“We want a really wide variety of performing arts especially, and to some degree, visual arts, and an overlap across disciplines and across different parts of our community,” says Director of Community Partnerships Jessica Courtier, who serves as co-director of MYArts with Director of Facilities Courtney Byelich.
“Maybe they come in for a theater class, but they go see a drum class or dance class and they think, ‘Oh, my gosh, I’d like to do that,’ ” she continues. “Or they think, ‘I’ve always been interested in the arts but I’m not sure I want to be on stage. Maybe I want to be behind the scenes learning new skills.’ And then the possibility and connection can happen between various arts organizations that are all using this space.”
State of the Art
Not only was this space constructed for the youth to learn and perform various arts, it was built to foster their excellence as well — as you would expect from a building with a $29 million price tag.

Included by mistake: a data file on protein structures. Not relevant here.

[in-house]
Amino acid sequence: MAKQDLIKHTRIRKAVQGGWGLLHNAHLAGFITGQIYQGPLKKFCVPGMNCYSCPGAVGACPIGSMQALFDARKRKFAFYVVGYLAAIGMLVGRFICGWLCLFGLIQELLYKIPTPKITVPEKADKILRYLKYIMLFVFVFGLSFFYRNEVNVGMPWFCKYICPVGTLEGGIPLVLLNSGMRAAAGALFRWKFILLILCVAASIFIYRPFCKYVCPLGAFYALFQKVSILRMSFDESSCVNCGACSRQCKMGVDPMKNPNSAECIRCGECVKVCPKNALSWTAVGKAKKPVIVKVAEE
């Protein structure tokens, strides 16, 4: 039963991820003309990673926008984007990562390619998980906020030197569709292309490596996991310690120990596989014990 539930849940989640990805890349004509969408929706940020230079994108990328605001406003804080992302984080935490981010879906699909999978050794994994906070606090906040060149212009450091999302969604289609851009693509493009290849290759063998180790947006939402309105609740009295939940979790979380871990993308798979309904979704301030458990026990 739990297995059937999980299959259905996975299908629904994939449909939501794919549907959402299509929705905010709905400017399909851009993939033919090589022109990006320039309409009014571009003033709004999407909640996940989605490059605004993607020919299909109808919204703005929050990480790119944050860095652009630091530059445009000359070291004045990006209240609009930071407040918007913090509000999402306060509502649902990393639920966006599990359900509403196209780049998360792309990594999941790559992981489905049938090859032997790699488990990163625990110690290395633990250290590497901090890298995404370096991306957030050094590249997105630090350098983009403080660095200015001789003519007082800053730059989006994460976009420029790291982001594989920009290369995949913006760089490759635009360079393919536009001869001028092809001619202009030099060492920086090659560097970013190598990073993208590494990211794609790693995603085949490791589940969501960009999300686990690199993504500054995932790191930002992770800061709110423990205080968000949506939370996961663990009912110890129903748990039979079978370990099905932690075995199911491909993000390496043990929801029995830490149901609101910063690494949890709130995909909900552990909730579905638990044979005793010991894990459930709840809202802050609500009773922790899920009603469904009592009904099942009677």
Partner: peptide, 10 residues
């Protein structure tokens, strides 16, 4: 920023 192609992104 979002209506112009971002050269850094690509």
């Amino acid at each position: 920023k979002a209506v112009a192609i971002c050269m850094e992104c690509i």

In addition to the state-of-the-art performance areas and studios and practice spaces that include things like sprung floors that are easier on dancers’ joints, the entire building is designed for optimal acoustic quality. The design also prioritizes accessibility (for example, wheelchair theater seats are placed toward the middle rows instead of the back), and there’s even a sensory-friendly studio for students on the autism spectrum.
“Like every other nonprofit youth arts group in Madison, we’ve never had permanent space,” says Madison Youth Choirs managing director Lynn Hembel. “And this space was designed specifically for how we would use it.”
While it’s not open yet — organizers are planning open houses for the public sometime in mid-October, pending COVID-19 developments — the center is being used sparingly by groups like CTM for summer camps. Other groups have been checking out the new spaces and are itching to get in there themselves.
Those who have already been rehearsing at MYArts — including Arora, the West High senior — know scores of students will use every inch of the center in years to come.
“I’m very jealous of the kids that will use this in the future,” she says. “It’s a really special space.”
Steven Potter is a contributing writer for Madison Magazine and a senior producer with Wisconsin Public Radio.